If you have studied Japanese Kanji for a while, you probably have figured out that kanji have 2 ways to read them:
- Kun Yomi – the native, Japanese way to read them.
- On Yomi – the Chinese-imported way to read them.
Usually, individual words are read using kun-yomi, and compound words are read using on-yomi, but that is not always true. A lot of times, you just have to read enough Japanese that you just get an intuitive “feel”. There’s no short-cut.
However, there is a third style of reading many foreigners don’t know: names.
Surnames in Japanese are read using kun-yomi usually, but given-names often have readings that are neither on-yomi nor kun-yomi. They’re completely separate readings. For example, the kanji 光 can be read as “hikari” for kun-yomi, or “kō” for on-yomi. But as a name, it is often read as “akira”, “mi” or “mitsu” as in the name 博光 (hiromitsu). Another common example is 介 which is often read as “suke” in Japanese names, such as 大介 (daisuke).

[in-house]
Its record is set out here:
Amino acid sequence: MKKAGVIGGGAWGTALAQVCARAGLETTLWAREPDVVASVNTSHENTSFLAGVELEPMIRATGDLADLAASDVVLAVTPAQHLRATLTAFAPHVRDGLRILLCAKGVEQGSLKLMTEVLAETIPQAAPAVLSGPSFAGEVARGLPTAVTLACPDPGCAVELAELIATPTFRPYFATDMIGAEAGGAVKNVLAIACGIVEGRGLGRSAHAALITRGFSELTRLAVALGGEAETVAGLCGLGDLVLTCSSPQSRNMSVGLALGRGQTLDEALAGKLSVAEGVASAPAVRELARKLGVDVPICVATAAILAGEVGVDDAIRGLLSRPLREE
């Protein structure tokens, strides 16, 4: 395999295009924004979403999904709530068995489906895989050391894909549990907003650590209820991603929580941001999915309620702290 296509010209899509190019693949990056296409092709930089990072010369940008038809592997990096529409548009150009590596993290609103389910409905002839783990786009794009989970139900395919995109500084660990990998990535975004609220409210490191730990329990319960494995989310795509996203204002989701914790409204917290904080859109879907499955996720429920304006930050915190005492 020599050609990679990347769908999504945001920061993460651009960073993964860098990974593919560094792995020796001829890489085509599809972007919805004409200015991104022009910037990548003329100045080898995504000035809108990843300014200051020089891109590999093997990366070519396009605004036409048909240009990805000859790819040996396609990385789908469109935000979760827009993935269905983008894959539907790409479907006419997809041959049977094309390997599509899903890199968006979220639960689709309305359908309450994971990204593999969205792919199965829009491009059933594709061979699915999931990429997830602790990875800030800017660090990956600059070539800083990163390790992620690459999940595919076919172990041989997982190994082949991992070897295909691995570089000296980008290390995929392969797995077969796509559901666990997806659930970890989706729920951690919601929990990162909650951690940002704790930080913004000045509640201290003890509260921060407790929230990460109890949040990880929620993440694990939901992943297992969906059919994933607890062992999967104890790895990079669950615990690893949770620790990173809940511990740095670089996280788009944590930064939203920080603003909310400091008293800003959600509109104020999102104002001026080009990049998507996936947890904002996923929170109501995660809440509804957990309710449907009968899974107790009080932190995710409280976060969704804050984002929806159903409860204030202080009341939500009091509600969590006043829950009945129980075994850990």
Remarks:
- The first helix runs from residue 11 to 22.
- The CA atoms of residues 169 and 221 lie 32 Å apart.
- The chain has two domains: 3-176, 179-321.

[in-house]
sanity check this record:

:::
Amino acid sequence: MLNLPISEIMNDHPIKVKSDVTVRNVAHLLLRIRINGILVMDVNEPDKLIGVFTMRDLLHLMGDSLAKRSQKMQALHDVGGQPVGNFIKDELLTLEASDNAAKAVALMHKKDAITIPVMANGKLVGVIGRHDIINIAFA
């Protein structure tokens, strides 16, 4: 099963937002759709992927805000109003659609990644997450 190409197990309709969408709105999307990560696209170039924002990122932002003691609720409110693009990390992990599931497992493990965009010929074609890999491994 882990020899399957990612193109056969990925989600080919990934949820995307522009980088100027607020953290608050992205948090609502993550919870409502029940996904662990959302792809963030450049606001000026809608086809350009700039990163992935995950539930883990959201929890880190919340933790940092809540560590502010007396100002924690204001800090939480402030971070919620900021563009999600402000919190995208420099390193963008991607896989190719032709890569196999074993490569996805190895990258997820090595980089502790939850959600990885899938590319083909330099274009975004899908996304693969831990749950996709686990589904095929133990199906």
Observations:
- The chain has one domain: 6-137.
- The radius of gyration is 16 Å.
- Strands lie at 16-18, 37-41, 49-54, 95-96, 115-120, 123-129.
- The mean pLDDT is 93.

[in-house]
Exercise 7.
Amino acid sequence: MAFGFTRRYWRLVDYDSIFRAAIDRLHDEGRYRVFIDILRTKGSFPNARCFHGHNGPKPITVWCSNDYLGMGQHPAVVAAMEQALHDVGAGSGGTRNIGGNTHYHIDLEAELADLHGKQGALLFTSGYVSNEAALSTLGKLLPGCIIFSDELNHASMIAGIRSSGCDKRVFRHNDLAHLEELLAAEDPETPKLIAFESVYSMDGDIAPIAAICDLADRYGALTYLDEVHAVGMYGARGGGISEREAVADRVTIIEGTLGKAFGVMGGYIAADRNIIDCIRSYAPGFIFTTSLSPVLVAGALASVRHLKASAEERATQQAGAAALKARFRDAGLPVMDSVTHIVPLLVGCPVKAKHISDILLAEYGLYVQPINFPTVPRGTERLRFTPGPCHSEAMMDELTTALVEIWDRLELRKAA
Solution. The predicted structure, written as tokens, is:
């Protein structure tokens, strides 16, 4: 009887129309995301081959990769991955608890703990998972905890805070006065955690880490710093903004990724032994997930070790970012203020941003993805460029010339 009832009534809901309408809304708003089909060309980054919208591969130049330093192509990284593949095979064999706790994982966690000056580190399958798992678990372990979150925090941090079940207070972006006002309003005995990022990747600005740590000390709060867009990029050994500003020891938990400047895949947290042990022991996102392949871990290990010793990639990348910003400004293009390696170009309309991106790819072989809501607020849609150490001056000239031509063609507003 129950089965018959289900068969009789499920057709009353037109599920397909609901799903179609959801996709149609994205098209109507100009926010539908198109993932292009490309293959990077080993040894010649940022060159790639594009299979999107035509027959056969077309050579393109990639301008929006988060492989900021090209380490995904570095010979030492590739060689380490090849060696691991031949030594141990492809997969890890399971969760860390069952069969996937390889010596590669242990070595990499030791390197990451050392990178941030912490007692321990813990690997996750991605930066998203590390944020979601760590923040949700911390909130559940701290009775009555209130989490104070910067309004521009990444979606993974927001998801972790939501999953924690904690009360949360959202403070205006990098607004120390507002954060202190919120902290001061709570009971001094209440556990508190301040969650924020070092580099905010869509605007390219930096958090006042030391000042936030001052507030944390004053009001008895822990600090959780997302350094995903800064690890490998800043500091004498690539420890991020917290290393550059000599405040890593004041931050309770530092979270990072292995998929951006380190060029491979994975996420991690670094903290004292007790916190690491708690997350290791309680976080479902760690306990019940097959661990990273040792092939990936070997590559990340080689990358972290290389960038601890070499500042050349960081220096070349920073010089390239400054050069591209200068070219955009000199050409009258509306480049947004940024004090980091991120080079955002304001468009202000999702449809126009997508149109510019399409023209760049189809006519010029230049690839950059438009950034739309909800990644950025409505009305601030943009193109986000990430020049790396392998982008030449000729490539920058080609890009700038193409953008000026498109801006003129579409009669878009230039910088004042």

Personally, I can read most surnames in Japanese easily, but with given names, I still get stuck all the time. Female names a much easier because often use the same characters over and over: 子 (ko), 美 (mi) and so on. However, male names have more variety so you may not know them all. For example, you often see male names with the kanji 郎 (rō), but it can be found in a wide variety of names: 三郎 (saburō), 太郎 (tarō) and 一郎 (ichirō) to name a few.
Separately, it’s also possible to have popular name with many possible kanji. The name Hiroshi can be written as 博, 浩, 弘, 宏 and 寛 among many others. People sometimes pick more obscure kanji too.
Speaking of “Hiroshi”:1
Hiroshi desu…. hiroshi desu….
Anyhow, when learning Japanese names, the key is to be flexible and just keep reading and learning different names until you understand the patterns. But remember, they’re not the same as other words in Japanese. 😉
1 This is a great stand-up routine by ヒロシ in his earlier years. The funeral scene is especially funny.